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Host plant preferences of Hyalesthes obsoletus, the vector of the grapevine yellows disease ‘bois noir', in Switzerland

Kessler, Sébastien, Schaerer, Santiago, Delabays, Nicolas, Turlings, Ted C.J., Trivellone, Valeria, Kehrli, Patrik
Entomologia experimentalis et applicata 2011 v.139 no.1 pp. 60-67
Calystegia sepium, Clematis vitalba, Convolvulus arvensis, Hyalesthes obsoletus, Lavandula angustifolia, Lepidium draba, Plantago lanceolata, Polygonum aviculare, Stolbur phytoplasma, Taraxacum officinale, Urtica dioica, Vitis, adults, emergence traps, epidemiology, financial economics, host plants, nymphs, oviposition, vineyards, Switzerland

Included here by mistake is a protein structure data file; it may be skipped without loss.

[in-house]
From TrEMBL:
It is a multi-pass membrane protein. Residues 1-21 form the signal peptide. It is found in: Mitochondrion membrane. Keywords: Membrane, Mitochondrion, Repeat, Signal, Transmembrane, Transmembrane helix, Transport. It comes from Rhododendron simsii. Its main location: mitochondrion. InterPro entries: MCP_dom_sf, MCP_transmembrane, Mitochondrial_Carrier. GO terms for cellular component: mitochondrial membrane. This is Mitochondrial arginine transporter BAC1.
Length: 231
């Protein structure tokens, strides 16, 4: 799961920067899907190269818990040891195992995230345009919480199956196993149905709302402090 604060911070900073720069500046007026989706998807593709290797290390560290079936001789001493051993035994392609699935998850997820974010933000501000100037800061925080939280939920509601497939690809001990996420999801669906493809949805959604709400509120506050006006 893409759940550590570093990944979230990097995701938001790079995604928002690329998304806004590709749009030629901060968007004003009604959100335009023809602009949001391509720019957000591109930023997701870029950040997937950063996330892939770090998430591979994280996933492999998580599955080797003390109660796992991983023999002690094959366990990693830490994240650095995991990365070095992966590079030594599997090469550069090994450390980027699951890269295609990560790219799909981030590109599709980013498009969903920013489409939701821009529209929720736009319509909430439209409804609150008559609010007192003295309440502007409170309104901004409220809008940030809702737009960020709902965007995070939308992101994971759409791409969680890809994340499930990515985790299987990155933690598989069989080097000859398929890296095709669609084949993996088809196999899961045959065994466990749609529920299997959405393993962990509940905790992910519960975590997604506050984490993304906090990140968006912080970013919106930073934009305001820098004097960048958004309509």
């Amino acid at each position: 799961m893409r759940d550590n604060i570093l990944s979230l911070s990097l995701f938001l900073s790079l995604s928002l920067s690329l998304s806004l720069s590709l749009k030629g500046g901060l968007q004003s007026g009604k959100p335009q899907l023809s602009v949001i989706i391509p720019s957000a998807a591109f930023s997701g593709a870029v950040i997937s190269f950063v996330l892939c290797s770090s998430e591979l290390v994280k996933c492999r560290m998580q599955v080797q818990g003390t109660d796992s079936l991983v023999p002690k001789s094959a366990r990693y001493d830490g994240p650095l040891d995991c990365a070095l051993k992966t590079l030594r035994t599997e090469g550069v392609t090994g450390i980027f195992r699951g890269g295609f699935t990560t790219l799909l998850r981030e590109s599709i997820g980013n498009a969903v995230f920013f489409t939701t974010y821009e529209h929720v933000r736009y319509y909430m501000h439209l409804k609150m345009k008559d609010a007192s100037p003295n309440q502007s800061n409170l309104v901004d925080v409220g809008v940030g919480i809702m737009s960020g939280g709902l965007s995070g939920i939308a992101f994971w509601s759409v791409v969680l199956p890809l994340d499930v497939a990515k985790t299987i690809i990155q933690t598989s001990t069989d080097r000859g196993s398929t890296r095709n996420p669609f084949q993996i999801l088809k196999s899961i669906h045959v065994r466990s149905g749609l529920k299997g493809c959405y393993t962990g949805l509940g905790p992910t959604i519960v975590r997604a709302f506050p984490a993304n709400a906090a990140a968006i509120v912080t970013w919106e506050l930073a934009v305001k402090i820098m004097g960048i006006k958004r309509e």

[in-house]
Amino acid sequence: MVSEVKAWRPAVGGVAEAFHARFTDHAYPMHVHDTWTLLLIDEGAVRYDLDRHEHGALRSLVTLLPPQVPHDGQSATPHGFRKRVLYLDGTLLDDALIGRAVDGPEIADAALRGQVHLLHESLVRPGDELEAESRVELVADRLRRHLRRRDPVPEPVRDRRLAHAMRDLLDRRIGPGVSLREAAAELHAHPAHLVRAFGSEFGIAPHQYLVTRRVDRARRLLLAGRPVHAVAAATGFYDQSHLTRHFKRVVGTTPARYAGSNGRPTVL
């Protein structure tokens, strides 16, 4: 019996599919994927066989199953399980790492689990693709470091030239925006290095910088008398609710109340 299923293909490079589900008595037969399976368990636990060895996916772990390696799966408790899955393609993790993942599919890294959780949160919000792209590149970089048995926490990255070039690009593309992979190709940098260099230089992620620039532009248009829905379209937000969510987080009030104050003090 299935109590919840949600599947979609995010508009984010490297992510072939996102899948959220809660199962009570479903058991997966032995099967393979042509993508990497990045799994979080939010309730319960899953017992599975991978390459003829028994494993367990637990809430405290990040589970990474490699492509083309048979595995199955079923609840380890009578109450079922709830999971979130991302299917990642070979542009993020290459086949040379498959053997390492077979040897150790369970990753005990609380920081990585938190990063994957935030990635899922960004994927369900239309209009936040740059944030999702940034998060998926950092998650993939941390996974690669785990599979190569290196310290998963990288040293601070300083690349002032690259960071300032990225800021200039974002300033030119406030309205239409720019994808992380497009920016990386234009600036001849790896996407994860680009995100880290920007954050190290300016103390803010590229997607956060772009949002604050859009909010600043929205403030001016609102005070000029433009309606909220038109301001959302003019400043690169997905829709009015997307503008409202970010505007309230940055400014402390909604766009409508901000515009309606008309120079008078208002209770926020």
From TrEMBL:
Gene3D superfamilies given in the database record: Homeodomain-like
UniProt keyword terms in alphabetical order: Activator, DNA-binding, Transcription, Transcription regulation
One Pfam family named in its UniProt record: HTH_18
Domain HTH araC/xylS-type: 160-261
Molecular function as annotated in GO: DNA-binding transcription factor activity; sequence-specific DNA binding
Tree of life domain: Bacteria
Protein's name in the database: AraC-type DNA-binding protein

Bois noir is an important grapevine yellows disease in Europe that can cause serious economic losses in grapevine production. It is caused by stolbur phytoplasma strains of the taxonomic group 16Sr-XII-A. Hyalesthes obsoletus Signoret (Hemiptera: Cixiidae) is the most important vector of bois noir in Europe. This polyphagous planthopper is assumed to mainly use stinging nettle [Urtica dioica L. (Urticaceae)] and field bindweed [Convolvulus arvensis L. (Convolvulaceae)] as its host plants. For a better understanding of the epidemiology of bois noir in Switzerland, host plant preferences of H. obsoletus were studied in the field and in the laboratory. In vineyards of Western Switzerland, adults of H. obsoletus were primarily captured on U. dioica, but a few specimens were also caught on C. arvensis, hedge bindweed [Calystegia sepium (L.) R. Brown (Convolvulaceae)], and five other dicotyledons [i.e., Clematis vitalba L. (Ranunculaceae), Lepidium draba L. (Brassicaceae), Plantago lanceolata L. (Plantaginaceae), Polygonum aviculare L. (Polygonaceae), and Taraxacum officinale Weber (Asteraceae)]. The preference of the vector for U. dioica compared to C. arvensis was confirmed by a second, more targeted field study and by the positioning of emergence traps above the two plant species. Two-choice experiments in the laboratory showed that H. obsoletus adults originating from U. dioica preferred to feed and to oviposit on U. dioica compared to C. arvensis. However, H. obsoletus nymphs showed no host plant preference, even though they developed much better on U. dioica than on C. arvensis. Similarly, adults survived significantly longer on U. dioica than on C. arvensis or any other plant species tested [i.e., L. draba and Lavandula angustifolia Mill. (Lamiaceae)]. In conclusion, although nymphs of H. obsoletus had no inherent host plant preference, adults tested preferred to feed and oviposit on U. dioica, which is in agreement with the observed superior performance of both nymphal and adult stages on this plant species. Urtica dioica appears to be the principal host plant of H. obsoletus in Switzerland and plays therefore an important role in the epidemiology of the bois noir disease in Swiss vineyards.